Celebrating 150 years of Beatrix Potter and Peter Rabbit

By Rachael Grealish

Beatrix-4-472x350THE Victoria and Albert Museum in London may be able to boast it has some of the original drawings, copies of and some early works of Beatrix Potter – but here in Cumbria we definitely have the bragging rights for being the birthplace of Peter Rabbit and friends.

This year we celebrate 150 years since the birth of Beatrix Potter – one of the world’s most-loved children’s authors.
Beatrix Potter wrote more than stories, she created characters that would become household names for young children all over the world.

Though Beatrix Potter was not a native to Cumbria, she made the Lakes her home and in 1901 she first sent her story, The Tale of Peter Rabbit, to not one, but six publishers – and like many great authors – she was rejected from all of them.

It wasn’t until 1902, and her determination of self-publishing 250 copies, that she was finally signed a publishing contract with Frederick Warne & Co – this led to over 28,000 copies being printed by the end of that year.

The inspiration for that mischievous little rabbit, we all know and love, were actually her own pet rabbits.

Her first bunny, Benjamin actually used to be walked on a lead during their holidays in Scotland and her second, Peter, was said to have a talent for performing tricks.

But Beatrix didn’t stop at her love for rabbits, she would sketch all her family pets as a child and soon her collection of stories told the tales of ducks, mice, foxes, badgers and snakes.

She was more than just a pioneer in the field of writing and illustrating, she was also a keen Herdwick breeder – eager to preserve the breed – a botanist and a sharp business woman.

Beatrix has not only been immortalised through the stories she has given to the world, but she was also immortalised in film when she was portrayed by Renée Zellweger in the 2006 film, Miss Potter, which was partly filmed in the Lake District where Beatrix spent a lot of her life.

This year not only celebrates the 150th birthday of Beatrix Potter, but the 25th birthday of The World of Beatrix Potter – Both on July 28.

The World of Beatrix Potter are planning to celebrate these significant dates on the same day, June 27 as they show the world première of the brand new family musical Where Is Peter Rabbit? – opening in the Old Laundry Theatre.image001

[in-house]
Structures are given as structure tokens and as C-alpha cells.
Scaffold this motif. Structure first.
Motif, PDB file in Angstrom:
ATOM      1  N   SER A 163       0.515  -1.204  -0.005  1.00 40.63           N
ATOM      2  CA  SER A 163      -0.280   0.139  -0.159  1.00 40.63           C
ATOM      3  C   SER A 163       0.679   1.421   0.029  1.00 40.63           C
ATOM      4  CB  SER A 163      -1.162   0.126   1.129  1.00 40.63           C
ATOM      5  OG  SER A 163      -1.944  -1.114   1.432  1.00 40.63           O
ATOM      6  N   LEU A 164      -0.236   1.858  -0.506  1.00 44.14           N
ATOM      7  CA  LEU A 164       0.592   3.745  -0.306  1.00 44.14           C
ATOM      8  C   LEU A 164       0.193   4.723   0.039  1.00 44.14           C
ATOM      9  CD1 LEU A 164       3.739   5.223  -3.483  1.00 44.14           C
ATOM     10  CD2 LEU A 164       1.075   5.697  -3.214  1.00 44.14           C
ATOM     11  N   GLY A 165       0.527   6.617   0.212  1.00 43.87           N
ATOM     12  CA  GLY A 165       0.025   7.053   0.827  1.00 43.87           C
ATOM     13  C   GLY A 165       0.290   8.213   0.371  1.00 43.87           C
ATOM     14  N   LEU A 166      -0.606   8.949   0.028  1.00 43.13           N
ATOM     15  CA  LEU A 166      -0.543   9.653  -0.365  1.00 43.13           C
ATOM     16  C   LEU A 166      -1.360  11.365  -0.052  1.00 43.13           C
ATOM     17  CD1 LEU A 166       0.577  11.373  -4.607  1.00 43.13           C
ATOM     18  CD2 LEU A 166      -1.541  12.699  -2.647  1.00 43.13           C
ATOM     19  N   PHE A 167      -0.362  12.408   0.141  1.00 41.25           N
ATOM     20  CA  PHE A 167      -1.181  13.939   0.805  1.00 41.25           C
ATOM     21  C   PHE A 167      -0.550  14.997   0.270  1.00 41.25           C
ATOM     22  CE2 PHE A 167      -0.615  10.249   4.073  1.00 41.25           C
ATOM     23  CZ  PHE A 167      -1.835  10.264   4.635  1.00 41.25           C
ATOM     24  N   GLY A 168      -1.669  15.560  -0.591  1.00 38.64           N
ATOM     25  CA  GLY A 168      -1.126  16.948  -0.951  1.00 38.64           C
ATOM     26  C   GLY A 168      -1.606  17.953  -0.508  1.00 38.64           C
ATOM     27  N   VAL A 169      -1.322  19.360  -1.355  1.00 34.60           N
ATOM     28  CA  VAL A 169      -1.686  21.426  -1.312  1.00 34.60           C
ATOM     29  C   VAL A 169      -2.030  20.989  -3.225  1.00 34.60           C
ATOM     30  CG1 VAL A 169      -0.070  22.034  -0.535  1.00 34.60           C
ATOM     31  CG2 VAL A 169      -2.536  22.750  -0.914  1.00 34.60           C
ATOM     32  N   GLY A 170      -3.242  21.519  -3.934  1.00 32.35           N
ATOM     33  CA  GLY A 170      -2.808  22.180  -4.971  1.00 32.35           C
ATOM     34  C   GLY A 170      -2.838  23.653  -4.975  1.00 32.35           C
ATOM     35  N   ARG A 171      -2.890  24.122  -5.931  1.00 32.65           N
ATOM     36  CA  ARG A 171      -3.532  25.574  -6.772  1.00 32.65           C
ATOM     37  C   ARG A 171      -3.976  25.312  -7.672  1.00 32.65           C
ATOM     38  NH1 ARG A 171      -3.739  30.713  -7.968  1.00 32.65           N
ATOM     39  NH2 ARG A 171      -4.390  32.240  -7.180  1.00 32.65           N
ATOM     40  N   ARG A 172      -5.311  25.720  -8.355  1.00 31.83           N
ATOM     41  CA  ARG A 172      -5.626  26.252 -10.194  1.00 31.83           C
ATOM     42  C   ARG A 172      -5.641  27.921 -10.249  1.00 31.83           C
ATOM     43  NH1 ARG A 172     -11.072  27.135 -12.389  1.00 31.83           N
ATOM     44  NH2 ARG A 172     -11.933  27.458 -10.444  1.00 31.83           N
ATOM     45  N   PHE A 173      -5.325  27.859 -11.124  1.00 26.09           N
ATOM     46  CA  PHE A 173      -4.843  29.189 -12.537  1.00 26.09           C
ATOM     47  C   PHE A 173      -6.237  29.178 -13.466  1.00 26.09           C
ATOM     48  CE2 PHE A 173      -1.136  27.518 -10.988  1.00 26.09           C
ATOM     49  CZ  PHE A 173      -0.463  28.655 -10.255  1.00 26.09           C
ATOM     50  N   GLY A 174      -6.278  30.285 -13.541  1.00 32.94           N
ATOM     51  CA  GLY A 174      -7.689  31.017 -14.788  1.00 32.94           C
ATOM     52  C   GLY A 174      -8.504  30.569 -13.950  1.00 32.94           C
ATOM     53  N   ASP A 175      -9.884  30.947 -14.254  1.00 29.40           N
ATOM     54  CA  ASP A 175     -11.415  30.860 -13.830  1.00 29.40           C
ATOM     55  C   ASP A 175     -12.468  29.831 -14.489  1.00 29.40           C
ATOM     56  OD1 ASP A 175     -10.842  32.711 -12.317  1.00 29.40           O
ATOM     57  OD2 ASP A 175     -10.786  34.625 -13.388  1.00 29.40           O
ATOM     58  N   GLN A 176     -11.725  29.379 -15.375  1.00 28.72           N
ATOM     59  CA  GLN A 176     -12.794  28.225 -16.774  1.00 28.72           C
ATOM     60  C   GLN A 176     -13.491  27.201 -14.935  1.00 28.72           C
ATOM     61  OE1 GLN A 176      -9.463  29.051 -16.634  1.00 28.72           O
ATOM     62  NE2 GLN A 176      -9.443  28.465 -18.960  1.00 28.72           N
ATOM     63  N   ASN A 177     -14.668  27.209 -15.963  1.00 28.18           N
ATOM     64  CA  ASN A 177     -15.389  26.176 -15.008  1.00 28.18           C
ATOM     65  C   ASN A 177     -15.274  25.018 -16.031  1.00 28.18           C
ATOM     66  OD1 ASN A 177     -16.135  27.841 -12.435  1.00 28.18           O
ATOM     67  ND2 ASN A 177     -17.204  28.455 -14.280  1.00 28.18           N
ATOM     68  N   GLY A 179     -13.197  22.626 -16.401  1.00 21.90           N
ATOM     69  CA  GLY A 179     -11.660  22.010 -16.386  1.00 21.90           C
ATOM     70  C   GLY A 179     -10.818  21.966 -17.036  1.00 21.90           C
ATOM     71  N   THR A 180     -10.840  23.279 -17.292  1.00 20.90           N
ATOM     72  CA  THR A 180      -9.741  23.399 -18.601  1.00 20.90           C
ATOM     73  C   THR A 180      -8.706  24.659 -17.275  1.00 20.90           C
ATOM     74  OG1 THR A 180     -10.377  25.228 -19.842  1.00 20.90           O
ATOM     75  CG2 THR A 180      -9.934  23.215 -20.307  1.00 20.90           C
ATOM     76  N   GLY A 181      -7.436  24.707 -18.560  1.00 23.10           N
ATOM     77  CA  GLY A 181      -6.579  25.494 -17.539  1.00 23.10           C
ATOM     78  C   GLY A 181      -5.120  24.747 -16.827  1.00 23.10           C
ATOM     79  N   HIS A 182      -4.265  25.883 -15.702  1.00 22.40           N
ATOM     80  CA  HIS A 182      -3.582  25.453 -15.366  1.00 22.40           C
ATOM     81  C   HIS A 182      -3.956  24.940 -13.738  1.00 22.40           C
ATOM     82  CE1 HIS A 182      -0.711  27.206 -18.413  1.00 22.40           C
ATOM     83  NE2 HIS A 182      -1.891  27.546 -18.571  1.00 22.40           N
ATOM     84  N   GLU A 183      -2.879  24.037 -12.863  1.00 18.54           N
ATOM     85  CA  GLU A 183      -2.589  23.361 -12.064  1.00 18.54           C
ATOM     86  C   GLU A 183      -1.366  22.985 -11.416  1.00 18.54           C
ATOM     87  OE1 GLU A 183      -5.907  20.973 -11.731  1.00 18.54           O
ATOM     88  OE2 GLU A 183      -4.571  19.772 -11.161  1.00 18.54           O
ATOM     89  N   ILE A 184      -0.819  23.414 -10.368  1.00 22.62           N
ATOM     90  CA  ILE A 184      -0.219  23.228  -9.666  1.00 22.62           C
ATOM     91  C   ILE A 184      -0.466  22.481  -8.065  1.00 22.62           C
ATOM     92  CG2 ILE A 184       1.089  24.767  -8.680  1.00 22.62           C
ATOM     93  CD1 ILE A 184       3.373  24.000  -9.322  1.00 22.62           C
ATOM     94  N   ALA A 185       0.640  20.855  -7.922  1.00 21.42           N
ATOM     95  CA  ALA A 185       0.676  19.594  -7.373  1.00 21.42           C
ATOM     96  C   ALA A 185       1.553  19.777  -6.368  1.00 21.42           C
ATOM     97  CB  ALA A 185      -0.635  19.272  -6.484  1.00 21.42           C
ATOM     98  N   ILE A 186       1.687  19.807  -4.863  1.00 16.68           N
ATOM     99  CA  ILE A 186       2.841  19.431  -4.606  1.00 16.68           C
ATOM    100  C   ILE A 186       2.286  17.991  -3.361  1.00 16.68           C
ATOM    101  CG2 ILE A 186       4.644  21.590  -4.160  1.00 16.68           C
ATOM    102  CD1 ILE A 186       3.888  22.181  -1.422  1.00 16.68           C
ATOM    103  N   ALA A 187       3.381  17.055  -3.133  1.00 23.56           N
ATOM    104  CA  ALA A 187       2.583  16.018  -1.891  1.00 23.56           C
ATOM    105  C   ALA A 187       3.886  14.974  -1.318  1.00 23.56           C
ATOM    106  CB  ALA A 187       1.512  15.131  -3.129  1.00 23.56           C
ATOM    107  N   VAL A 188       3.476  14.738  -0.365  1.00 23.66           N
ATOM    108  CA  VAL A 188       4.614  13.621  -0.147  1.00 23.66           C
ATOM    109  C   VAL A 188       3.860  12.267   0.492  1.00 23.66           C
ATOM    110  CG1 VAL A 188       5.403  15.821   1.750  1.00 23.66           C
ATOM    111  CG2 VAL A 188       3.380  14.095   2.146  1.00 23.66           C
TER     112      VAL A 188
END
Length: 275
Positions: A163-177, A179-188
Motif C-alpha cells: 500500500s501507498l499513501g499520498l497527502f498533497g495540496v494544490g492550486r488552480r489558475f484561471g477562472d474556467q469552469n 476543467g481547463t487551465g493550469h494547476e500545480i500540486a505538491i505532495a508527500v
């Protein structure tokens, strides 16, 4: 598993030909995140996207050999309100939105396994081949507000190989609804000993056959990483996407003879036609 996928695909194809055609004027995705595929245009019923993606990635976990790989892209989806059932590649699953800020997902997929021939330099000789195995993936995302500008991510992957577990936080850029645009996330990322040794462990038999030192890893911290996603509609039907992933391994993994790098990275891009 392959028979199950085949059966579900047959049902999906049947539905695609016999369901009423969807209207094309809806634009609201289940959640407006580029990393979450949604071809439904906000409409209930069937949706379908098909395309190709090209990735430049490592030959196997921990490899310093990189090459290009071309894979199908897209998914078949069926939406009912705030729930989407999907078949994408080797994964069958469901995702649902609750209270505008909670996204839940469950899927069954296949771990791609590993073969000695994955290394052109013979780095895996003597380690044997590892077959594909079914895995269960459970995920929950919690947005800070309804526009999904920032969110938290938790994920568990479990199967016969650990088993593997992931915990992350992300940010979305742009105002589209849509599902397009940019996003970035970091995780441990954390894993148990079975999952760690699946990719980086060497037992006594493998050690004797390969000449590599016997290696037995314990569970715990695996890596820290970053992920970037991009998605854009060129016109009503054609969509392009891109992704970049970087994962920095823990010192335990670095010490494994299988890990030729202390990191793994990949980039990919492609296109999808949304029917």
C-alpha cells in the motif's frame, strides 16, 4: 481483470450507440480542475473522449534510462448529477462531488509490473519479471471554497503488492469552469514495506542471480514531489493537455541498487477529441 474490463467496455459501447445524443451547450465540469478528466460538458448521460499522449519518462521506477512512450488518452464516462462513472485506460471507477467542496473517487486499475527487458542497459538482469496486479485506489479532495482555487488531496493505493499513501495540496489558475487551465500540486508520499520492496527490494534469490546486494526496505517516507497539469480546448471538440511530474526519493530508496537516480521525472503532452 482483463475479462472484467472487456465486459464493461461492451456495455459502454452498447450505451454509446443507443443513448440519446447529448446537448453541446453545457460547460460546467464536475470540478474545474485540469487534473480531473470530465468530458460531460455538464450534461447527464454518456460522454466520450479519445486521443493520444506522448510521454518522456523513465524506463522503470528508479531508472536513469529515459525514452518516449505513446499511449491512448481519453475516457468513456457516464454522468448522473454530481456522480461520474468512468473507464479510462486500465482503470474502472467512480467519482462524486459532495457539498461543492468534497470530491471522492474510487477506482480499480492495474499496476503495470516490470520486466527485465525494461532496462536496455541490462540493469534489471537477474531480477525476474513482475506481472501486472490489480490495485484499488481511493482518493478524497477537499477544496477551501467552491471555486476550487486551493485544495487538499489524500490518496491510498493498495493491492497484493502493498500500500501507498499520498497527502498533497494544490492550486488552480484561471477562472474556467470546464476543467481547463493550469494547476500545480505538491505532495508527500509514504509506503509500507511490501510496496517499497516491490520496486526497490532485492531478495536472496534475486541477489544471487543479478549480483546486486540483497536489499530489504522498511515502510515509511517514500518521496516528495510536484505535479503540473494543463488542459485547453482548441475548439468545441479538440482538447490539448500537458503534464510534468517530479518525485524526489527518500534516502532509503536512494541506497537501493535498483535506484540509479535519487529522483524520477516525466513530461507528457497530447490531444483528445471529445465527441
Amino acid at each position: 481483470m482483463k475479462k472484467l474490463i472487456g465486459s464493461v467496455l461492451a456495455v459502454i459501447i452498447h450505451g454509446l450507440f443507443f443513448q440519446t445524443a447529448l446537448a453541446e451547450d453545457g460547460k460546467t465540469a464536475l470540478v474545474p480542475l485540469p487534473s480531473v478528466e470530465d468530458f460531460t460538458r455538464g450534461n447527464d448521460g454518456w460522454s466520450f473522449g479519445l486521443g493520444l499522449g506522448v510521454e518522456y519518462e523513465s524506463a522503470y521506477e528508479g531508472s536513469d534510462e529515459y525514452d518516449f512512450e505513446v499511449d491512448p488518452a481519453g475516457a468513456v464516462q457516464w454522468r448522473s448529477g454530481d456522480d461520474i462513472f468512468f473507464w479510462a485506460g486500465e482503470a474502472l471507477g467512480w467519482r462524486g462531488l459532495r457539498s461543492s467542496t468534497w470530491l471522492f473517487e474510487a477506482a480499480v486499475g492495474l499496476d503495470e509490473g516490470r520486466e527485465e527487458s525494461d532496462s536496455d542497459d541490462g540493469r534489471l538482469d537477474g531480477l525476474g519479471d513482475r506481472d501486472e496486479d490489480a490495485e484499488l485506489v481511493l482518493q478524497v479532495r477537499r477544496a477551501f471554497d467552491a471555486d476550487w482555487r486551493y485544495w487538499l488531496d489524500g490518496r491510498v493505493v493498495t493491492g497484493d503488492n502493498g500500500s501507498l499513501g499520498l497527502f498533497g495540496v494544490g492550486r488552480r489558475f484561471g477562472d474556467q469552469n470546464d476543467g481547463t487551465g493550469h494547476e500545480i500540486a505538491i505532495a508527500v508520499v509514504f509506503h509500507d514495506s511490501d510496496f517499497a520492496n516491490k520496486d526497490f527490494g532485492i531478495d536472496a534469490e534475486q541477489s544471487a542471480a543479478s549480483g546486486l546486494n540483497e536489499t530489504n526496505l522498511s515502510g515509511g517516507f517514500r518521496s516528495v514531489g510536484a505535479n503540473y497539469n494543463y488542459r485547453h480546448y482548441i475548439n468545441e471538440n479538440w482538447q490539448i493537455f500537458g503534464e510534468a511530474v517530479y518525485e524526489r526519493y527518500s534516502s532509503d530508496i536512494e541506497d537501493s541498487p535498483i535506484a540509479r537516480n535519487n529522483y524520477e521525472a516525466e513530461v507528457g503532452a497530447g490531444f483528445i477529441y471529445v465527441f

Roger Glossop, from the World of Beatrix Potter, said: “Beatrix Potter has dominated our lives for the last 25 years (in a good way!) so it is fantastic to have a double celebration for our 25th and her 150 years throughout 2016.  From the day we opened the door 25 years ago, Beatrix Potter has taken us on an exhilarating journey – exhibition, garden, shop, restaurant, on-line, theatre and ongoing – we couldn’t have aligned our creative and business life with a more original, entrepreneurial and visionary woman.”

We asked our readers what Beatrix Potter mean to them, here’s what they said:

Demi McDowell, 22, from St Bees, said: “When I was little kid I used to have my bedroom painted with a Peter Rabbit theme, all of the characters were hand drawn and painted on my walls by my parents. I loved reading the books. I think my favourites to actually watch episodes of where The Tale of Peter Rabbit and The Tale of Sam Whisker.”

Jennifer Carroll, 23, from Whitehaven, said: “Jemima Puddle Duck was my fave. So much so my Teddy is name Jemima!”

Brian Bowman, 30, from Whitehaven, said: “ I can recall Benjamin Bunny. He and Squirrel Nutkin were my favourites. I always remembered being sad at the end of Benjamin’s tale, because he lost his jacket and in my youth, I equated that with him being turned into a regular rabbit incapable of speech.”

Photos kindly supplied by The World of Beatrix Potter – courtesy of The National Trust & Frederick Warne Ltd See more at: www.hop-skip-jump.com